Photo: Anadolu Agency
Thirty students in Istanbul release a video in 16 languages to challenge negative views of Islam. (Photo: Anadolu Agency)

Istanbul, 19 Jumadil Awwal 1436/10 March 2015 (MINA) – After January’s attack on Charlie Hebdo and anti-Semitic murders in France was followed by an anti-Muslim backlash in the West, 30 Turkish students have come together to shoot a video in 16 languages to challenge what they say is a “wrong” perception of Islam.

Using the Prophet Muhammad’s sayings and verses from the Quran, students from the Faculty of Theology at the Istanbul-based Marmara University went to countries across Europe and North America, during a 15-day trip and talked about Islam in 16 languages in front of the camera, Anadolu Agency quoted by Mi’raj Islamic News Agency (MINA) as reporting.

“We were sitting in a café with my friends after the Charlie Hebdo attack and arson attacks on mosques in Sweden and thought: ‘What could we do in order to tell there is no connection between terror and Islam?’ … [we] decided to prepare a video with the Prophet Muhammed’s sayings,” says Mesut Arslan, 24, a third-grade student at the Marmara University, who produced the project.

Twelve people were killed on Jan. 7, when two masked gunmen attacked the Paris office of Charlie Hebdo magazine, known for printing controversial material, including derogatory cartoons of Prophet Muhammad in 2006 and 2012.

Another gunman killed a municipal police officer and four other people in a separate hostage incident in a kosher supermarket in Porte de Vincennes.

In December, three mosques were attacked by arsonists in Swedish cities of Eskilstuna, Eslov and Uppsala. Swedish police increased security around mosques in the country.

In February, three young Muslims – Deah Barakat, 23, his wife Yusor Mohammad, 21, and her sister Razan Mohammad Abu-Salha, 19 – were murdered in North Carolina by their neighbor in what many are calling a hate crime.

The video starts as saying: “Muslims will not respond to attacks made against the Prophet Muhammad with methods not approved by him or his teachings.”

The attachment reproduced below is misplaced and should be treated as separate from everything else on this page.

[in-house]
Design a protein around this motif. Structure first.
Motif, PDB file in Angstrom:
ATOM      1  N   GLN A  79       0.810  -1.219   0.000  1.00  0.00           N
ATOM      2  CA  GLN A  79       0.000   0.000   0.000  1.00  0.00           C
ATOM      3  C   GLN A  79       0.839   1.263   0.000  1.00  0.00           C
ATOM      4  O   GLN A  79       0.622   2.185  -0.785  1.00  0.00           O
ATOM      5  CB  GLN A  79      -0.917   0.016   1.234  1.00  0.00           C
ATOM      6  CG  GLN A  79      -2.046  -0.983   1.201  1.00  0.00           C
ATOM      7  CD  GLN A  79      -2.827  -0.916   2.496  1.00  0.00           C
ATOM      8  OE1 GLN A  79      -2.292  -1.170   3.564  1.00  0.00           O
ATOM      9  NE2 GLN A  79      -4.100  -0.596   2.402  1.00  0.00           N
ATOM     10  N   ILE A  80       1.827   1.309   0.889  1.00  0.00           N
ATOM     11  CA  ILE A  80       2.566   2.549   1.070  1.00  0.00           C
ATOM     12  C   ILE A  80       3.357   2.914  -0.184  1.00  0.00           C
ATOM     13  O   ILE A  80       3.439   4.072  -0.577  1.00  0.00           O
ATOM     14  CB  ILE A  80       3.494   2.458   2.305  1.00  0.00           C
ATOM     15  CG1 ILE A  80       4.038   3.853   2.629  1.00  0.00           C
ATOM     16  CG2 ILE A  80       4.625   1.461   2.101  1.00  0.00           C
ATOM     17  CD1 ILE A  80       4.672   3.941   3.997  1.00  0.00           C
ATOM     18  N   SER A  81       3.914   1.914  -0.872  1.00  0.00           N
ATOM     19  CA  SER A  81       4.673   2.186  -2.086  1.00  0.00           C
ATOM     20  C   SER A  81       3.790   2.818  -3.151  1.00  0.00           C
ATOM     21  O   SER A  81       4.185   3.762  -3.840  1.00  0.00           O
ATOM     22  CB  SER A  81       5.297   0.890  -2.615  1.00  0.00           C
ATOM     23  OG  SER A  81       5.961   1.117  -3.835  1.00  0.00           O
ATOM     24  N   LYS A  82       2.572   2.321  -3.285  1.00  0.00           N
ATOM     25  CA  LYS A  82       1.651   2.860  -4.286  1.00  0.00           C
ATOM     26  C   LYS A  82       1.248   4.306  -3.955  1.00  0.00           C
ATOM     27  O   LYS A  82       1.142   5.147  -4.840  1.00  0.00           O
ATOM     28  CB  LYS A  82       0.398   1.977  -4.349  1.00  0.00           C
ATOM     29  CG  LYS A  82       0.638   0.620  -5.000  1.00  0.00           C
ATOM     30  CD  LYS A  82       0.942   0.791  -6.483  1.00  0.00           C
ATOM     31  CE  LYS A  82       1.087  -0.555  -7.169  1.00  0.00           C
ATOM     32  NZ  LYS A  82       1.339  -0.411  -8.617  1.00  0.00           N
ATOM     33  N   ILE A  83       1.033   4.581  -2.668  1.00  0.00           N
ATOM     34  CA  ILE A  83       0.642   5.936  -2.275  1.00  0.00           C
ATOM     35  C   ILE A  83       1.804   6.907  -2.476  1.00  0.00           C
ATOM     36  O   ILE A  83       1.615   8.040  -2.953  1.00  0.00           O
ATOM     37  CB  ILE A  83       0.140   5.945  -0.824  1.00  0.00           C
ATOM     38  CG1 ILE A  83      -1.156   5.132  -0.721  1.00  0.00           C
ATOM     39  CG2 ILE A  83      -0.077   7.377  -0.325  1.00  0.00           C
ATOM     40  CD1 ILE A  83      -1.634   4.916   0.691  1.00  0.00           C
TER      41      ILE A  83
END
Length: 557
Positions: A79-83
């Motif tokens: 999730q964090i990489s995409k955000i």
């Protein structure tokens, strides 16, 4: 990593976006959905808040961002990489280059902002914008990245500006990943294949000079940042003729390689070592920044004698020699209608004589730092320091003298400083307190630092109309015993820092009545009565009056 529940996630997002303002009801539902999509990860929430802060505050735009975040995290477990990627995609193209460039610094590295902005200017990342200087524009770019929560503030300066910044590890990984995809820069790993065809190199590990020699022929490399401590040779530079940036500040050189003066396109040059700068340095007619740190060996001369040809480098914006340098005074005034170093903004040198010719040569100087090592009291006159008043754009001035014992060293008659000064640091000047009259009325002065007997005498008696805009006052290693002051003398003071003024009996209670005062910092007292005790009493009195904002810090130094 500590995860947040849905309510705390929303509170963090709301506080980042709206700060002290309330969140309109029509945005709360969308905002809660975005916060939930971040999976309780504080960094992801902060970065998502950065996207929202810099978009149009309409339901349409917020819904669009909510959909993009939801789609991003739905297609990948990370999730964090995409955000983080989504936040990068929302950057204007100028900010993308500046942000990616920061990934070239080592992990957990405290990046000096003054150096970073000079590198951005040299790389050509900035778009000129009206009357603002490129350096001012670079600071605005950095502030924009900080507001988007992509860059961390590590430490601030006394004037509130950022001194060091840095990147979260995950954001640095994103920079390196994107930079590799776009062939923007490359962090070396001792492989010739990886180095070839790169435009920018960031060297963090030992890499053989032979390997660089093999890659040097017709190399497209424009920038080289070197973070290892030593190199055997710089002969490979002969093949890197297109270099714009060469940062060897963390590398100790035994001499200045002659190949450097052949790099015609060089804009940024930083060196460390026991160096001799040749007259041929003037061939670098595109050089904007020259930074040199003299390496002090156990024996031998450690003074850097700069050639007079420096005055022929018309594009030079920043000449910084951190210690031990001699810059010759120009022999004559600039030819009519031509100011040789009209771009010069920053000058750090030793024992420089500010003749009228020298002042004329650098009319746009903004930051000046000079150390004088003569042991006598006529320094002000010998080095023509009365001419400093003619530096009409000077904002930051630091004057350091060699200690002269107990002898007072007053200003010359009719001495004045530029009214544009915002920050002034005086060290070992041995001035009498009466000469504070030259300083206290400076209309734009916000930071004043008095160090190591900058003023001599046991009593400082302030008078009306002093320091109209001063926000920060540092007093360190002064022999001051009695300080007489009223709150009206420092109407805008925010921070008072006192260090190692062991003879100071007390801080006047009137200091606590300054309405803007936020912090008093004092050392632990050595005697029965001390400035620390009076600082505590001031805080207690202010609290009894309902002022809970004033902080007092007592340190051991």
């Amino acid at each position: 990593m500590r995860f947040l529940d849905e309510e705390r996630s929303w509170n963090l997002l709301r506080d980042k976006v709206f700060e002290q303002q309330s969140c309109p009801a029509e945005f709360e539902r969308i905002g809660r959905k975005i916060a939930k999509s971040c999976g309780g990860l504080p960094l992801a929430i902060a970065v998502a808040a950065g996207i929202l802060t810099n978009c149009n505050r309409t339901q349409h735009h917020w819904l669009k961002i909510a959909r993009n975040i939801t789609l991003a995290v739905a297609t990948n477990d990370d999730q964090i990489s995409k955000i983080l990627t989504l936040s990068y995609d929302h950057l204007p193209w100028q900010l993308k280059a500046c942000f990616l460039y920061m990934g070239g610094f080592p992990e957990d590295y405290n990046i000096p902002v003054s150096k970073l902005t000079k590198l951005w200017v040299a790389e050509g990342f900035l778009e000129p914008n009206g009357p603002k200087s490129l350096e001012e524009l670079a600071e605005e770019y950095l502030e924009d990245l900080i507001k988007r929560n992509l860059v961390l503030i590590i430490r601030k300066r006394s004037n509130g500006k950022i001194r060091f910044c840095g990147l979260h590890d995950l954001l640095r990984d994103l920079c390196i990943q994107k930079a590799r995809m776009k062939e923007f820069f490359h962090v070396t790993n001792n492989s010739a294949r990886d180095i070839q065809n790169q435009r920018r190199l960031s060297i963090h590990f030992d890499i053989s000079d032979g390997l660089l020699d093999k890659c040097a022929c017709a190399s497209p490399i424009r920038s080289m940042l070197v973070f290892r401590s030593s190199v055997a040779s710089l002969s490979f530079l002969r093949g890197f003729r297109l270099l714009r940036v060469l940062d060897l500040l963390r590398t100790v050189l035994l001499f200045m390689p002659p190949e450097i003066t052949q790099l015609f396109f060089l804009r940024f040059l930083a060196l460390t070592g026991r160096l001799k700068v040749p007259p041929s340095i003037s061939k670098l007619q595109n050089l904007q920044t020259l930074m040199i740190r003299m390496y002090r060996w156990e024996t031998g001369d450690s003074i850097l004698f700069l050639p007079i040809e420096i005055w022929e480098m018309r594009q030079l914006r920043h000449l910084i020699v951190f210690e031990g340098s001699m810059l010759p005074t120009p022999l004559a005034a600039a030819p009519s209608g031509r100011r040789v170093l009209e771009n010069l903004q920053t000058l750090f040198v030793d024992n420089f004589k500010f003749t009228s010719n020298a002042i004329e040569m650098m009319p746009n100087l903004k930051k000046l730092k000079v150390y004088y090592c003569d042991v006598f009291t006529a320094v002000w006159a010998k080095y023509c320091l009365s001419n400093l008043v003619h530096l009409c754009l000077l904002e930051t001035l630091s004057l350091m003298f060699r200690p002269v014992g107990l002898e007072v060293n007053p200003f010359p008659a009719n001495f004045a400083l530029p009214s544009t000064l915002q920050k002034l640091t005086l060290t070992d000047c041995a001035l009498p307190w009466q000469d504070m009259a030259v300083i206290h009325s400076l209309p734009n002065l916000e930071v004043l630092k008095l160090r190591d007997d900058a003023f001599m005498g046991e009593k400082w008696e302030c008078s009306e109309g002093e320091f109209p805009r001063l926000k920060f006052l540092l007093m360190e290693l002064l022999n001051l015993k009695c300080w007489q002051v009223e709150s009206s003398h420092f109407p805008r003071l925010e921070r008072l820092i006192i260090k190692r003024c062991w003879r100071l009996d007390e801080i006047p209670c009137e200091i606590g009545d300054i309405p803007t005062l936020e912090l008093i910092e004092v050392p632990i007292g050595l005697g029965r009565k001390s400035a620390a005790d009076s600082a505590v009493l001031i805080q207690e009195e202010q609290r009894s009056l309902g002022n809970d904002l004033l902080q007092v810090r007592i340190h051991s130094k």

“‘Mercy’ and ‘Compassion’ start off 113 of 114 chapters of the Quran with praise to Allah as ‘the most gracious and ‘the most merciful’. The Quran does not encourage terror,” it adds. It was also stressed that Islam forbids tyranny, oppression and aggression and defends the rights of everyone including non-Muslims.

“Some people in the West do not know anything about Islam. They do not know our Prophet and do not have any idea about our lives. They suppose that women are living under pressure because of our beliefs,” says Suheyla Oruc, 21, a first-year student from Marmara University. “That’s why we conducted this project,” she adds.

Germany also has witnessed an increase in suspicion and negative feelings towards Muslims in recent months as far-right and populist parties have sought to benefit from a growing fear of Islam, which was largely influenced by reports of murders and atrocities being committed by Daesh (the Arabic acronym for ISIL).

A recent study by the Bertelsmann Foundation has revealed that 57 percent of Germany’s non-Muslims perceive Islam as a threat – a four percent increase since 2012. Germany has the second-largest Muslim population in Western Europe after France.

“The most effective way to say there is no connection between Islam and terrorism was to talk about mercy and our Prophet’s sayings,” says Rumeysa Hatice Uludogan, a second-year student who edited the video. “We have actually done nothing extra. We’ve just showed whatever Islam is.”

A student in the video quotes the Prophet Muhammad as saying: “‘He, who does not show mercy (to others) will not be shown mercy by Allah.’”

“‘Verily Allah does not look at your wealth or your appearance, but he looks at your hearts and your deeds,’” says another student citing the Prophet.

The students are hopeful about their project: “We hope people will hear our voice through this video and change [their] wrong views about Islam,” Oruc says. (T/P010/P3)

Mi’raj Islamic News Agency (MINA)